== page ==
Journalists routinely follow news, but Vinod Mehta had the knack for instantly distilling the headline from the story. It was this genius that he brought into play in selecting the title for his memoirs, Lucknow Boy. The sherwani-clad youngster who places grandfather’s hubble-bubble on the cantilevered verandah, the one who knows Lucknow as the city of “gandi galiyan, saaf zubaan (dirty lanes and sparkling diction)” is not the quintessential Lucknow boy.
Lucknow Boy carries echoes of Cliff Richards, Hazratganj, the city’s first jukebox at Chaudhury Sweets, Jopling Road and the cantonment where Vinod lived all his earlier years. He was a refugee with no memory of the Punjab and no experience of the grime of old Lucknow. In that sense, he was the authentic Lucknow boy.
From his Canning Road bungalow, there was a short cut to the school, La Martiniere, past the house of the biology professor, R.D. Vidyarthi, whose mouth full of paan never obstructed the monologue he kept up with Vinod. Vinod’s rapport with “Vidi” was priceless for all of us in the class, particularly on the eve of exams because Vidi had a joyous habit of leaking question papers at dictation speed.
It would be wrong to suggest that our gang of four—Azad, Ashok, Vinod and me—was frequently caned by the principal. But this ultimate test of fortitude did come to pass once. The principal’s spies caught us jiving at Chaudhury’s jukebox in Hazratganj when classes were on. We were all summoned by the principal for a round of caning. Vinod, always the one with imagination, inserted his biology notebook in his underwear by way of protection.
Azad, a Pathan from Malihabad, took the caning without as much as a grimace. Ashok and I squealed. But when Vinod bent to offer his backside for the two strikes of the cane, the principal noticed a bulge. He struck, nevertheless, producing a loud report like some flat percussion. “Hand me that document,” he ordered angrily. He proceeded to make a huge arc with the cane, like a circus trainer, and whipped Vinod causing him to emit the yelp of an expiring puppy.
That our friendship lasted flawlessly for over 62 years can be put down to two facts: we shared a decade at school, a year in London and the remainder in the same profession. In fact, my career as a columnist was launched at Vinod’s persistent prodding.
The other and more important reason for the durability of our relationship was the character of Lucknow in the ’50s and ’60s. At the heart of Awadh, Lucknow was the world’s least provincial city. Its arms were open to welcome the outsider. A common saying in Lucknow was: to be a doctor, one had to be a Bengali first. As for the “Madrasi”, it meant everybody below the Vindhyas. They were considered “intellectually deep” because of the mark they’d left on the secretariat. Vinod’s cosmopolitanism derived a great deal from Lucknow, but the balance in his journalism, an inability to bend the story to a purpose other than the truth, was a function of his years in London when he idolised editors like Harry Evans and Peter Preston.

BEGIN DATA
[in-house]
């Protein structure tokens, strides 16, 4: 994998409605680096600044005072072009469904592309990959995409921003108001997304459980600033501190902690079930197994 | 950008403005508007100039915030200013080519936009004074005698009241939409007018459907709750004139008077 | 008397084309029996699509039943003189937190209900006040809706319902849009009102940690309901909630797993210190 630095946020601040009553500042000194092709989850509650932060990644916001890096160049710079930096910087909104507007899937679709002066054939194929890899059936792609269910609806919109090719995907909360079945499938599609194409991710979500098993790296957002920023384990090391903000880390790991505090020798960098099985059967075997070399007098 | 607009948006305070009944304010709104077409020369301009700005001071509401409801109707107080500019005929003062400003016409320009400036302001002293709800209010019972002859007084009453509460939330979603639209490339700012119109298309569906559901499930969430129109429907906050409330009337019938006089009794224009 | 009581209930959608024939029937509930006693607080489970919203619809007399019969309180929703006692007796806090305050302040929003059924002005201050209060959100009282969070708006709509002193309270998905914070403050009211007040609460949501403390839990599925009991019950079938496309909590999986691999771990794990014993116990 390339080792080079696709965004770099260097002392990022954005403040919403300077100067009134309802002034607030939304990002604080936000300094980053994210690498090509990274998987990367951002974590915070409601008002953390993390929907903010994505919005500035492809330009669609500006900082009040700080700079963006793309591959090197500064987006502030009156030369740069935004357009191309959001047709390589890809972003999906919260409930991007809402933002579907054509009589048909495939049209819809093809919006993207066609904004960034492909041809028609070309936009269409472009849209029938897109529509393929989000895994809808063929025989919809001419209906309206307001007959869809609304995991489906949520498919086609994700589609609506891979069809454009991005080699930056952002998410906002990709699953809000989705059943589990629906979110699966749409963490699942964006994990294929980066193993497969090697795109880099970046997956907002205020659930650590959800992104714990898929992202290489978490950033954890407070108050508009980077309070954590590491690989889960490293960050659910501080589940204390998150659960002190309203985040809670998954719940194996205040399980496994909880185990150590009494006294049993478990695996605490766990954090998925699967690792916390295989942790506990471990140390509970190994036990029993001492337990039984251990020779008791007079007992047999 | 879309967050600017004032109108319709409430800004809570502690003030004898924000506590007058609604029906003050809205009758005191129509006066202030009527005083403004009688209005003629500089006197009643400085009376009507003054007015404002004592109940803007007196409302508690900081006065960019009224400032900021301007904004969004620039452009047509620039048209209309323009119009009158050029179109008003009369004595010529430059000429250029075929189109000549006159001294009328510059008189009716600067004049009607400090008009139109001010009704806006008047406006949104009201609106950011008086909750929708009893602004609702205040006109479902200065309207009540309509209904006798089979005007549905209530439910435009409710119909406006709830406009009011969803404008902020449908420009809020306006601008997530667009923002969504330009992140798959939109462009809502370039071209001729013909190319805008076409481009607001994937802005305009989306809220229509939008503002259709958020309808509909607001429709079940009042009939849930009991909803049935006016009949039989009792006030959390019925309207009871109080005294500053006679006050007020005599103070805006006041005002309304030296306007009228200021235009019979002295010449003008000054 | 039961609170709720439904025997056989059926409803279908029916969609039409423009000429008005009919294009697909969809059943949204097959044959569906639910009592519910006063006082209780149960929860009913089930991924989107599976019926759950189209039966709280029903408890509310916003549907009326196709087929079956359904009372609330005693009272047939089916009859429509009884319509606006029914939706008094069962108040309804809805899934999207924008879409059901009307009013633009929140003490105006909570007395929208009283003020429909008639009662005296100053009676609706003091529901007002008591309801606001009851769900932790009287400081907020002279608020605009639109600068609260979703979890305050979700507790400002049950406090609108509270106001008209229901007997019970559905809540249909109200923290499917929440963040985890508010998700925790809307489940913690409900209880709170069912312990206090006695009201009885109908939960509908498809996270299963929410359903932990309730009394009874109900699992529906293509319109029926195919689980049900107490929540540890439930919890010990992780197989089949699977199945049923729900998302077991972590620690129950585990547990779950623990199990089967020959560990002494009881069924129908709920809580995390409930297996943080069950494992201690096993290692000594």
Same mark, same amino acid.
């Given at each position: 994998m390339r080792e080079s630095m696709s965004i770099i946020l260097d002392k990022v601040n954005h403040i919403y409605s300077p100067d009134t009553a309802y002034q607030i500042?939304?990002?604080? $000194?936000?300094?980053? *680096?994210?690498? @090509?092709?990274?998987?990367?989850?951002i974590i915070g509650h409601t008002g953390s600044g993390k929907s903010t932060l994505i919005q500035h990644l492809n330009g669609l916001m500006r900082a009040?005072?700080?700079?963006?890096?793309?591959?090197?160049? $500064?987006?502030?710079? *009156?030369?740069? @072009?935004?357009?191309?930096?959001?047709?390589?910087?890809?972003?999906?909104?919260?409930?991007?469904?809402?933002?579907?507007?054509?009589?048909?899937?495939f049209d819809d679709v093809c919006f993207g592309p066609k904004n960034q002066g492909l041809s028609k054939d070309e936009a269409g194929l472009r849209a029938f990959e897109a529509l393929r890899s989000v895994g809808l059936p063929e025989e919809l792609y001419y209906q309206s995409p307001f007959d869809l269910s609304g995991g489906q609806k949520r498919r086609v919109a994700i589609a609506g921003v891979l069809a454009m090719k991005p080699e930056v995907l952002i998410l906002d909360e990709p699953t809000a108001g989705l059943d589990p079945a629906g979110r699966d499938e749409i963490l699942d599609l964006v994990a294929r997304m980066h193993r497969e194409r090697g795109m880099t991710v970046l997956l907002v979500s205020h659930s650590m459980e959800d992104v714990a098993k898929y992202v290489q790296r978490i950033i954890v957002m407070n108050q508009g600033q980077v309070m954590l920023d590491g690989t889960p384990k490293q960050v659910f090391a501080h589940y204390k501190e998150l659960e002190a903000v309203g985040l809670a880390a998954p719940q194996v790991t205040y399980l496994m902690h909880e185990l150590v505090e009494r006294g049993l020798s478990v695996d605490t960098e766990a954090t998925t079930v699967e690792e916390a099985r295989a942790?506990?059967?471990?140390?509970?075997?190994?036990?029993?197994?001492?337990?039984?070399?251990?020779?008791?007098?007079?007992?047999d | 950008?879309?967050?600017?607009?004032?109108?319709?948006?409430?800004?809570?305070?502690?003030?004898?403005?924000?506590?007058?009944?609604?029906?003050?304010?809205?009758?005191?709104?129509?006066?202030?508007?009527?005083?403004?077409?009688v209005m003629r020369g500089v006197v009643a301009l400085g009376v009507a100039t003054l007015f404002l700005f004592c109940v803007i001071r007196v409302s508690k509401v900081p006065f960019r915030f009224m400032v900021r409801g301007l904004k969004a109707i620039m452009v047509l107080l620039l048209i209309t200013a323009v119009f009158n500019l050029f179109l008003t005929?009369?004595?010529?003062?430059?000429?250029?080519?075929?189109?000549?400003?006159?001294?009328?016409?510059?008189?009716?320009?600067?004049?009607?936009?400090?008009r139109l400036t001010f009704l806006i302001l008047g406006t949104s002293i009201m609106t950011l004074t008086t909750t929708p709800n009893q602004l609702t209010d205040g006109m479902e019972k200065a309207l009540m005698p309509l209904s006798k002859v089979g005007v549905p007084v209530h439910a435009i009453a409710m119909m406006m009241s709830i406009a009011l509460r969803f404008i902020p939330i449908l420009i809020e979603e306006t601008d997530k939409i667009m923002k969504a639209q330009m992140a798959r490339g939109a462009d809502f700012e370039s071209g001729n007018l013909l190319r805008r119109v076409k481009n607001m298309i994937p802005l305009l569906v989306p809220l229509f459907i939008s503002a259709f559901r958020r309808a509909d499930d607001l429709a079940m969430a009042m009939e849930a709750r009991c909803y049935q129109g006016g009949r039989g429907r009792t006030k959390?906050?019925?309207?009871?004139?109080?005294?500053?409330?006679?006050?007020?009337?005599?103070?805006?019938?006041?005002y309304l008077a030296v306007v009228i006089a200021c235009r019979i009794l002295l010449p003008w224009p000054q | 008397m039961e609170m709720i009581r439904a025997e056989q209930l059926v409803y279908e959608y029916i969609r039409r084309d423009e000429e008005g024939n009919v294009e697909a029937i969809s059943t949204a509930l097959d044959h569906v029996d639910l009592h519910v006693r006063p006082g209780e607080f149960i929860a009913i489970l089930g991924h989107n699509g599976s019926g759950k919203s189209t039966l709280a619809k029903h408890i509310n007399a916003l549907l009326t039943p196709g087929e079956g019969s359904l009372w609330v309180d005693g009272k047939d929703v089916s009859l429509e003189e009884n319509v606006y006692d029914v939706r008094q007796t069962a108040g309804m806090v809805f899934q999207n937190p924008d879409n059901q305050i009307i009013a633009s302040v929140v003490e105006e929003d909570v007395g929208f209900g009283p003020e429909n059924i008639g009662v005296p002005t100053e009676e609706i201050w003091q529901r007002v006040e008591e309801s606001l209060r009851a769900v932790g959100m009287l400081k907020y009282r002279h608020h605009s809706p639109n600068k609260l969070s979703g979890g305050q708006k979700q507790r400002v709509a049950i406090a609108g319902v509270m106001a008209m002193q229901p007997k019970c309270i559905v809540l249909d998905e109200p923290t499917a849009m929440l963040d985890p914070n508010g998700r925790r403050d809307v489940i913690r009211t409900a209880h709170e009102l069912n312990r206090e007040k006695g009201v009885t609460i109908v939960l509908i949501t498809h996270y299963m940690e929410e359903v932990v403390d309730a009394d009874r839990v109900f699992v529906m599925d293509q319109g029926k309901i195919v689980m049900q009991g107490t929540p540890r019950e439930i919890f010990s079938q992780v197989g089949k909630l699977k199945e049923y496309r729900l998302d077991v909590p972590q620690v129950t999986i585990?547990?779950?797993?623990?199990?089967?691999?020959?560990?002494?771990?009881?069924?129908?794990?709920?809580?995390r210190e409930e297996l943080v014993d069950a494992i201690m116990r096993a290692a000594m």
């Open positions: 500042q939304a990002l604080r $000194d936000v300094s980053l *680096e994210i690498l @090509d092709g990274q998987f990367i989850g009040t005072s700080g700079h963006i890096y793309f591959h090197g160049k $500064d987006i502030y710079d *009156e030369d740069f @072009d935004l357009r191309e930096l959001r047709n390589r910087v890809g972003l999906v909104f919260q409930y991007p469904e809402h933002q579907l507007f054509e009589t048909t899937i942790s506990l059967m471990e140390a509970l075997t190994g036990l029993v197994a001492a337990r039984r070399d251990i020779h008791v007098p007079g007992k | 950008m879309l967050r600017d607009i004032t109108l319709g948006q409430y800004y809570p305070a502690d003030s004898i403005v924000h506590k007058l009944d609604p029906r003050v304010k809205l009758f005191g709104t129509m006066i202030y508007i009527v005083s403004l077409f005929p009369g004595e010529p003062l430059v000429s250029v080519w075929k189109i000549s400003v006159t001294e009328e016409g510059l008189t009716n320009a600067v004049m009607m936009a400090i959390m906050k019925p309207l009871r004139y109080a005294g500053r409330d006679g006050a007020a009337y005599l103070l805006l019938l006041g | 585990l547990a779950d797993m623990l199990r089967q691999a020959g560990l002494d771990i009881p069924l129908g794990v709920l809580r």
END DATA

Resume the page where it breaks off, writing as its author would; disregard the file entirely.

After Partition, the Punjabi refugee had never been more warmly welcomed. Not a single riot took place. Row upon row of shops opened up behind Aminabad and the all-male bastions were replaced by handsome Sikhs introducing food, fizzy drinks and harmless flirtation in the new culture of aggressive marketing. Therefore, between Vinod and me, there was an enviable togetherness but only from the point we took off. In essence, we came from vastly different places. He had no recollection of Rawalpindi or wherever in the Punjab his family had come from. For him, the past did not hover on the present. It had been erased. Lucknow, for him, was a new slate, in fact the only slate on which he was invited to scribble with his first piece of chalk. Despite his military environment (father and brothers were armymen), he did not grow up, like every middle class Indian, with a kneejerk anti-Pakistan emotion. His Lucknow upbringing had something to do with his general temperance.
Vinod was essentially a newcomer in an enclave which had been mine for generations. Being a local, my life was conditioned by the tectonic shifts that were taking place or had taken place around me. Vinod was insulated from these.
Unlike Lahore, which bloomed as a composite city until August 1947, Lucknow had taken a body blow in 1857 itself. With deep vengeance, the British shifted the high court and the premier university to Allahabad. We remained in our haveli in Mustafabad near Rae Bareli but our circumstances deteriorated. Then Partition broke Lucknow’s back. Our lives dispersed even as we remained stationary. The zamindari abolition in 1951 deprived our elders of their livelihood. Some of our relatives saw this as an invitation to migrate. They did also. We were trapped in Nehru’s secular promise. So we didn’t complain then. But for Vinod, this was the land of upward mobility, unfettered by a past.
Vinod and I were both spared the agonies of too much transition in our growing up years. But by the time we were neck deep in journalism, Vinod had grown impatient with the past. I found myself frequently at the same null point, grappling with it.
Saeed Naqvi is a veteran journalist and Vinod Mehta’s schoolmate from Lucknow.